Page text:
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The College Board is abandoning a controversial score aimed at quantifying a college applicant's socioeconomic challenges.
Educators and parents criticized the non-profit, which oversees the SAT and Advanced Placement (AP) exams, after it publicly unveiled the so-called "environmental context dashboard" in May.
Under this pilot program, a score would be given to schools based on a scale of 0 to 100, with anything above 50 indicating a student comes from a high school or neighborhood at a "disadvantage." Less than a week after unveiling the dashboard, College Board CEO David Coleman told WBUR's On Point that it would reconsider it.
"The single score was a mistake," Coleman told WBUR in an interview Tuesday. "(We) have retreated from that."
On Tuesday, the College Board unveiled its revised free tool, which it calls "Landscape." Unlike the original dashboard, this data will not be quantified into a single score.
The tool combines data about a student's high school and neighborhood, such as the percent of students eligible for free and reduced-price lunch, participation in AP exams, college attendance, median family income and crime.
"What the SAT is a fair measure of is your achievement of a few very specific things: your command of a set of math, reading and writing skills," Coleman said. "What it can't show is — of course, no test can show — how you performed compared with the rest of the kids in your school."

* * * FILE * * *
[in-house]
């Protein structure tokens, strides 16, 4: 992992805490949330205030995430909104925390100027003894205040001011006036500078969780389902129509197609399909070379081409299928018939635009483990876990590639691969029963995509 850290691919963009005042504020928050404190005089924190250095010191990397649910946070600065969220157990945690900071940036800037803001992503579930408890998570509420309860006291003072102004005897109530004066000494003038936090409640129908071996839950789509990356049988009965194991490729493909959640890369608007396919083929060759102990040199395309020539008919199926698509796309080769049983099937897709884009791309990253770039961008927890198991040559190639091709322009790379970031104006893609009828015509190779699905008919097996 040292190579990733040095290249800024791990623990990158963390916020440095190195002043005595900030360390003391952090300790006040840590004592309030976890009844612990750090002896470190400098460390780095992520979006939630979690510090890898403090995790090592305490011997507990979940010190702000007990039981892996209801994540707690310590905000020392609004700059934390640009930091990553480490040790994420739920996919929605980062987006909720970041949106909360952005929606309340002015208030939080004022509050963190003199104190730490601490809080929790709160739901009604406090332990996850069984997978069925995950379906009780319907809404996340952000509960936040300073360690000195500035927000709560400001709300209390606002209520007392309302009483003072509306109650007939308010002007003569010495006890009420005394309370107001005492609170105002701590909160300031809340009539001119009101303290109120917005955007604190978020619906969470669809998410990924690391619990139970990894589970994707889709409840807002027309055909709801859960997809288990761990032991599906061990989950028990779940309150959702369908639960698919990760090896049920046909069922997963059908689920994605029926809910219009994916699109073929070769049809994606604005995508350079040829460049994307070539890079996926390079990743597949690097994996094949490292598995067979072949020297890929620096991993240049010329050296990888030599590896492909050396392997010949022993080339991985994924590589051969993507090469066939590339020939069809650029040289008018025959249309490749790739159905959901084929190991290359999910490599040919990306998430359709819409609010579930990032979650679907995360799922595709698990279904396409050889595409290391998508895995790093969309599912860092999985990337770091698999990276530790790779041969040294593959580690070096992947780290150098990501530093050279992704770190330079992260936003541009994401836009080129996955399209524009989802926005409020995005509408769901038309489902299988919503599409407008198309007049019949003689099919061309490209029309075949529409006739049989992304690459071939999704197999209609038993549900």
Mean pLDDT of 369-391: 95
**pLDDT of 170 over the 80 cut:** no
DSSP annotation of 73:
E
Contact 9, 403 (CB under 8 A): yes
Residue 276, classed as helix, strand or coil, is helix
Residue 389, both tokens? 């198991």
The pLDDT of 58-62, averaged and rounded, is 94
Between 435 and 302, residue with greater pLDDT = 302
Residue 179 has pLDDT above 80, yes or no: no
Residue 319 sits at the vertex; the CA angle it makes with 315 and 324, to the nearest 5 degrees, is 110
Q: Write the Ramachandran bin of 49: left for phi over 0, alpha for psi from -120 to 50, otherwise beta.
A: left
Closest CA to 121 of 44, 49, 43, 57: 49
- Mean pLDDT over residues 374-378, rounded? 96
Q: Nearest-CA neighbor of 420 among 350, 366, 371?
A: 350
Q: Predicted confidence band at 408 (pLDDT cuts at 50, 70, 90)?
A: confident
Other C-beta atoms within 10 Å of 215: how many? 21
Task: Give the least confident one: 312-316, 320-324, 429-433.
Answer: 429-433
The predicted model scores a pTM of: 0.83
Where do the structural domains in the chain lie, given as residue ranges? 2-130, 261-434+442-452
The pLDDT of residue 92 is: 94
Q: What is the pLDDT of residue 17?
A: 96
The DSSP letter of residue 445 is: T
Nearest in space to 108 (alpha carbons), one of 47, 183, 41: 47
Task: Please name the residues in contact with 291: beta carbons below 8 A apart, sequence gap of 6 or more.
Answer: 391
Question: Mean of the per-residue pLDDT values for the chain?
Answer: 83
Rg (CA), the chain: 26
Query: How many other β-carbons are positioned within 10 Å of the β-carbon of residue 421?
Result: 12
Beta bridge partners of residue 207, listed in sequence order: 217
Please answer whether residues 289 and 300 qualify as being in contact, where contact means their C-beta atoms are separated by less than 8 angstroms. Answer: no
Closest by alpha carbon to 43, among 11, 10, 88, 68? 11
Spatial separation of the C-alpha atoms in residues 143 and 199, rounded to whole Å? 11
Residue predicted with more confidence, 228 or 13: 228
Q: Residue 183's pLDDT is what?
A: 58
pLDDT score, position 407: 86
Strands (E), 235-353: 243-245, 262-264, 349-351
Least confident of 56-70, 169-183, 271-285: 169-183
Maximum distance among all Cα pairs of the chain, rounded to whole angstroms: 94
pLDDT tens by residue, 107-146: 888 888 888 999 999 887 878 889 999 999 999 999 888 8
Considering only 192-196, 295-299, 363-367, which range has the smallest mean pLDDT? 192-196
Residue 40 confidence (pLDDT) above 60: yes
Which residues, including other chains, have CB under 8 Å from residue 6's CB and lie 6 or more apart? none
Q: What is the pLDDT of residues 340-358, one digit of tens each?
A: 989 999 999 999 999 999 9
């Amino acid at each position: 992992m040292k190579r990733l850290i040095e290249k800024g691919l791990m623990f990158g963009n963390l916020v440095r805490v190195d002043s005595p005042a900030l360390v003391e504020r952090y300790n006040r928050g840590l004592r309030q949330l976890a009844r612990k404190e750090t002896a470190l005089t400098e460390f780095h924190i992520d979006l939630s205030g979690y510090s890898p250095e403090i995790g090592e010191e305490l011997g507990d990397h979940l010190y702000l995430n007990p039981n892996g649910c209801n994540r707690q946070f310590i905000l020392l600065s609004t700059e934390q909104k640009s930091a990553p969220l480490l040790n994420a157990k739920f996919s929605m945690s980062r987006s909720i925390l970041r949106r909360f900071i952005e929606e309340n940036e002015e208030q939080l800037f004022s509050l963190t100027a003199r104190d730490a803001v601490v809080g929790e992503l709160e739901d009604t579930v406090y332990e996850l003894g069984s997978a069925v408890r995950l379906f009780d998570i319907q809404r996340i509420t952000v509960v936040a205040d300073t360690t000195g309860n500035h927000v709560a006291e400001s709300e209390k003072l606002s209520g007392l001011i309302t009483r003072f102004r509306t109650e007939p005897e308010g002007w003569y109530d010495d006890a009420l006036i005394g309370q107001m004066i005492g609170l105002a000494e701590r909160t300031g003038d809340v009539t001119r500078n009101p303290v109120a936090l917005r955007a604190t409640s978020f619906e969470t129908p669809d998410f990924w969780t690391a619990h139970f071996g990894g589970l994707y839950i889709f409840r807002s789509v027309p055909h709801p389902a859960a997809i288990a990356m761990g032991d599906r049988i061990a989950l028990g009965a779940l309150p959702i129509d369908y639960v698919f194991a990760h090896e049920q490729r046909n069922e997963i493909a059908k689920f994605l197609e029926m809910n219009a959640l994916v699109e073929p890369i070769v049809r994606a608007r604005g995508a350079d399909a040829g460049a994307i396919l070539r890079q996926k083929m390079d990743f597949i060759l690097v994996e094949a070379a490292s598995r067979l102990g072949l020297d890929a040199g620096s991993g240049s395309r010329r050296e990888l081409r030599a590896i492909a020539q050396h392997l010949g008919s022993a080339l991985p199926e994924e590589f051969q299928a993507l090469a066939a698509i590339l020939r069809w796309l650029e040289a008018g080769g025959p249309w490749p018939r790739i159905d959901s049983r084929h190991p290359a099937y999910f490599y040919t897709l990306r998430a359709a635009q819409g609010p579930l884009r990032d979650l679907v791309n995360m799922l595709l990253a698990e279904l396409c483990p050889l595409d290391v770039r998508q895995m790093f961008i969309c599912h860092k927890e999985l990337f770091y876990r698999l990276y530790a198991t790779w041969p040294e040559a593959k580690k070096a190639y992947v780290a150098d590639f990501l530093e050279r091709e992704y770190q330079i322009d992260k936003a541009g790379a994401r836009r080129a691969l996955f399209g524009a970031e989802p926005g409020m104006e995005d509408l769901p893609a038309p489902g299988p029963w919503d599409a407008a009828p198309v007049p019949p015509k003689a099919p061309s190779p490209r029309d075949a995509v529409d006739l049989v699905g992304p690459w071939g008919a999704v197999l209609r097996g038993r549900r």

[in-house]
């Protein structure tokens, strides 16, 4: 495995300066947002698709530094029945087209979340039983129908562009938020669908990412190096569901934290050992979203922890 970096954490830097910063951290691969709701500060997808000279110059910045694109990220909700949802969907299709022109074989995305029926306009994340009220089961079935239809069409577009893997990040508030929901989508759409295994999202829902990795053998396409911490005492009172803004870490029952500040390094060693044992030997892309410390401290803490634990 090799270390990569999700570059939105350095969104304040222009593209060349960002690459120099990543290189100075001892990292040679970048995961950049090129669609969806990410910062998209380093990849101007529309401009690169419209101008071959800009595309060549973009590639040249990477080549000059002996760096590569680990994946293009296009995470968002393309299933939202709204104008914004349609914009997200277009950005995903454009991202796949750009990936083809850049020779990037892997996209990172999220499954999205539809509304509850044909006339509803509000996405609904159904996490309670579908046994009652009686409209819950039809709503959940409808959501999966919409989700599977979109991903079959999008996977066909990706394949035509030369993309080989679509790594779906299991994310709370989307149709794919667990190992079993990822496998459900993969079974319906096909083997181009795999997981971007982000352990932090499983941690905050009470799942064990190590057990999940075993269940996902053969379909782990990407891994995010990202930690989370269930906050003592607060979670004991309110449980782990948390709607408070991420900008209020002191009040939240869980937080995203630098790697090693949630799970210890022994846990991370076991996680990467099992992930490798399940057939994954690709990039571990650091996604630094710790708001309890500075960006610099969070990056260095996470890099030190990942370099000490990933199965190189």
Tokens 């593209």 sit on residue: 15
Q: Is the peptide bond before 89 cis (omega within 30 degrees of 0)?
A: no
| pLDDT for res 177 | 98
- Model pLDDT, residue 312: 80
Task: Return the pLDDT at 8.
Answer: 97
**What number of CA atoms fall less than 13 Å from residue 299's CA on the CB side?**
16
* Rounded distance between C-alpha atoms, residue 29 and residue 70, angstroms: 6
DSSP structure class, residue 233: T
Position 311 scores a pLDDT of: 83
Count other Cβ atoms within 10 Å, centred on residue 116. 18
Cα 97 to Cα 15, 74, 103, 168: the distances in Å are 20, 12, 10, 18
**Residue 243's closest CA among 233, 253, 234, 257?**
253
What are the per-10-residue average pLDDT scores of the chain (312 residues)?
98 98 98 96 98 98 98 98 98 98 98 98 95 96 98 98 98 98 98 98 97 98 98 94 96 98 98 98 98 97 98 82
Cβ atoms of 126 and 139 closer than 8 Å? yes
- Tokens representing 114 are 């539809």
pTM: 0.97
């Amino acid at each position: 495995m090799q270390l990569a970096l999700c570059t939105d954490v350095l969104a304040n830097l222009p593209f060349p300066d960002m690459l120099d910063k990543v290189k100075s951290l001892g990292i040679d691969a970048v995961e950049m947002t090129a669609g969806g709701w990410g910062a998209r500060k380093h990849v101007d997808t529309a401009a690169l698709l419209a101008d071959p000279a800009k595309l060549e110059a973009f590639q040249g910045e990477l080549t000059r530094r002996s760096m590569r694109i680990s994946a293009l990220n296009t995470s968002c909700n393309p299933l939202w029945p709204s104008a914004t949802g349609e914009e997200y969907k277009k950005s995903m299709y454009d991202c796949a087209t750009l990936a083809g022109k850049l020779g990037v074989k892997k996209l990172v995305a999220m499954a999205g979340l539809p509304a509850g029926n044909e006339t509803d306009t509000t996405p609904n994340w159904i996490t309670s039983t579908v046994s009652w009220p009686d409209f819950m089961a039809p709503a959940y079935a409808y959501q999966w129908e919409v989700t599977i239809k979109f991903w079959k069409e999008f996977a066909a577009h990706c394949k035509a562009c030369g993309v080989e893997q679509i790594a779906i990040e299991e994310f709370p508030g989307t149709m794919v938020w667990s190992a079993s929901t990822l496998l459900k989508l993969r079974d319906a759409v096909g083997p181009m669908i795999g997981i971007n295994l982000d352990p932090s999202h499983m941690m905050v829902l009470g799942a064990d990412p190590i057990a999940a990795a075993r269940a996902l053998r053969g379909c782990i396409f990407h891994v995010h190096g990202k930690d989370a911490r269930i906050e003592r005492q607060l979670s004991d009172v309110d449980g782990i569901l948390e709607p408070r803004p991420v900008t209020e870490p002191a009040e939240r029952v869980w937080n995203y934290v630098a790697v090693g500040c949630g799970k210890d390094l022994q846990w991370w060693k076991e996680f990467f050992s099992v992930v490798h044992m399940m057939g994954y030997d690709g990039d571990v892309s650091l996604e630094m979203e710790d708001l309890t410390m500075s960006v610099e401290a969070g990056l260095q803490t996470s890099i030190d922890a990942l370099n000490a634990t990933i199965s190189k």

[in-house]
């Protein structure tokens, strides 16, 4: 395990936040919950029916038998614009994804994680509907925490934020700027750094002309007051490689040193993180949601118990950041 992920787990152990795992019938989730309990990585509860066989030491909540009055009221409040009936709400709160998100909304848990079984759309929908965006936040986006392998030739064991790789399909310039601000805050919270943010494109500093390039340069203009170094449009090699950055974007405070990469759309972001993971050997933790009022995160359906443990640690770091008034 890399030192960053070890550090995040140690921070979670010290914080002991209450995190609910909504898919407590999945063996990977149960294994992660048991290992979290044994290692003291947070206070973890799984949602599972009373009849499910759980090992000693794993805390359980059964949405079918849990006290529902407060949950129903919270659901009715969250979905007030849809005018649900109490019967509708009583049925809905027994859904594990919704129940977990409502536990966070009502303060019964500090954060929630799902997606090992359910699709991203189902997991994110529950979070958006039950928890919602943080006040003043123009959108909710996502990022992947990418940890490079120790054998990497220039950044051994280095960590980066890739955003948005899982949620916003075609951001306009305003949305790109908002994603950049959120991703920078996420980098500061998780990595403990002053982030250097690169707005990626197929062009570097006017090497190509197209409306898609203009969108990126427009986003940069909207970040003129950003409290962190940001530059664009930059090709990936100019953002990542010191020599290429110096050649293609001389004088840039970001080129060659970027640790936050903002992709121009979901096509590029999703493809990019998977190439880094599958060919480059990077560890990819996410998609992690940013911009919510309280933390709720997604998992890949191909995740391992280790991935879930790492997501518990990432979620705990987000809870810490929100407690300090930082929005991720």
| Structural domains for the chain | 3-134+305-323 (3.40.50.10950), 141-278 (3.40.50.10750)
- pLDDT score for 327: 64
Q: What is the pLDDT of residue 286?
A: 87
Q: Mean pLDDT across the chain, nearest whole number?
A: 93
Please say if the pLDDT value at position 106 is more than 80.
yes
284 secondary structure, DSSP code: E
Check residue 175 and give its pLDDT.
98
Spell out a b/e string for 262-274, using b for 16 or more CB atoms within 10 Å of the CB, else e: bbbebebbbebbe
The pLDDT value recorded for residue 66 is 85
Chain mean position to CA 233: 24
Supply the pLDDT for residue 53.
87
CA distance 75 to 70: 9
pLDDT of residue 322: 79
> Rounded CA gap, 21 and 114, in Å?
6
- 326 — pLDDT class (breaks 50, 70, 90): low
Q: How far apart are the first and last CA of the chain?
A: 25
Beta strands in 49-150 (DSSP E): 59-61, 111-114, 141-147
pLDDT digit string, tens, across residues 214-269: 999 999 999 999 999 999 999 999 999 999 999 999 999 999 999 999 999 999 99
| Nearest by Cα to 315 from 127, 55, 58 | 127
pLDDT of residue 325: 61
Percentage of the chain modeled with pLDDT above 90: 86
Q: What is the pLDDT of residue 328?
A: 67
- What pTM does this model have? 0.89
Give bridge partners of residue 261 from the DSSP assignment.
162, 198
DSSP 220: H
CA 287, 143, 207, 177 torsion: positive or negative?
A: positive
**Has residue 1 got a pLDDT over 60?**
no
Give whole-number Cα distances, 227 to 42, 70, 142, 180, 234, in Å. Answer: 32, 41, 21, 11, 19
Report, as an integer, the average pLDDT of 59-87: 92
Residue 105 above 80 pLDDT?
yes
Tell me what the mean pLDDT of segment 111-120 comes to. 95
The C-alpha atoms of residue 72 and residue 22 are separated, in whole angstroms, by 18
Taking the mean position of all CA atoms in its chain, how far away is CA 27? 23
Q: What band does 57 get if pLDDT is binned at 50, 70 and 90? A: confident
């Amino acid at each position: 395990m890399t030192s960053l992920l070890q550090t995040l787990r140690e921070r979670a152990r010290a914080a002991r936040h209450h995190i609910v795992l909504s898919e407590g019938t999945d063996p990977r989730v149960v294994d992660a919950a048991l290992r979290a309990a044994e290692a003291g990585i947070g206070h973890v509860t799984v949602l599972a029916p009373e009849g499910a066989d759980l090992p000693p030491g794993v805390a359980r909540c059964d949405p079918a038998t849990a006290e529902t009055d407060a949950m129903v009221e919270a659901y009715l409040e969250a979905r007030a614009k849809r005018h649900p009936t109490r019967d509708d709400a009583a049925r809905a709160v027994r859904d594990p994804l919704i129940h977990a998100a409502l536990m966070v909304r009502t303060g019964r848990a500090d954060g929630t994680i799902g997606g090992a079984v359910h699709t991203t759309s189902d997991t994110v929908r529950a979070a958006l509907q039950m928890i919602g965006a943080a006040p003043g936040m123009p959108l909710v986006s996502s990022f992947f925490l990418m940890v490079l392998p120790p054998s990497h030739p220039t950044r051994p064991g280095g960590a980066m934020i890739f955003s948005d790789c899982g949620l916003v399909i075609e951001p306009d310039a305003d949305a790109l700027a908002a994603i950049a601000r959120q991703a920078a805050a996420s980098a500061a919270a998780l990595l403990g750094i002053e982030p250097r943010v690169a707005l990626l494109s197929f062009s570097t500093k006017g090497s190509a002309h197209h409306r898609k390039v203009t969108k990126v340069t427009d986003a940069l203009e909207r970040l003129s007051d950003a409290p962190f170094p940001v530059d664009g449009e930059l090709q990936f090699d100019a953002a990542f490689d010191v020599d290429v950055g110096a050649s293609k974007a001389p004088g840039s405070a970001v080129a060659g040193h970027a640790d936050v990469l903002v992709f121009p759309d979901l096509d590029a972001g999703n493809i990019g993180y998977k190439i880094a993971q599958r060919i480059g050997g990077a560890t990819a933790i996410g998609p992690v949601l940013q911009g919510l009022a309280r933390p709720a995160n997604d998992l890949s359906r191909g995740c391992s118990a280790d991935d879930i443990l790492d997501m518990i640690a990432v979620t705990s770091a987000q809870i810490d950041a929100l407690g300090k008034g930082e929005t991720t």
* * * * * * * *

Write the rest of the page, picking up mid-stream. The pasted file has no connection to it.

WBUR reached out to six schools who participated in a pilot program of the previous data tool last year. Only one responded. Wellesley College Dean of Admission and Financial Aid Joy St. John said admissions officials did not use the controversial score, but found the information about schools and neighborhoods "incredibly helpful."
Wellesley has been getting more applications from the south and west of the United States, sometimes in rural or suburban areas that admissions officials are not as familiar with, according to St. John.
"If you lack information for some candidates, those candidates are disadvantaged through no fault of their own," she said.
Wellesley will be among the 100 schools piloting Landscape, the new data tool. St. John said she's happy the College Board has eliminated the overall score and issued a set of guidelines about how the data should be used.
Coleman said many admissions officers are seeing students apply from more varied places, and they told the College Board they did not have adequate information about those schools or communities. The aim is to help fill in that missing context for schools and communities that admissions officers cannot visit or are not familiar with.
"The underlying mission of the College Board is to ensure that no matter where you're from or who you know or who knows you, that you're given a second look," Coleman said. "So I think that success for us is not really who's admitted, but really the breadth of the look."
So far, 100 colleges and universities have signed on to a pilot program using Landscape, which is expected to conclude next year. At that point, the information would also be available to students and parents.
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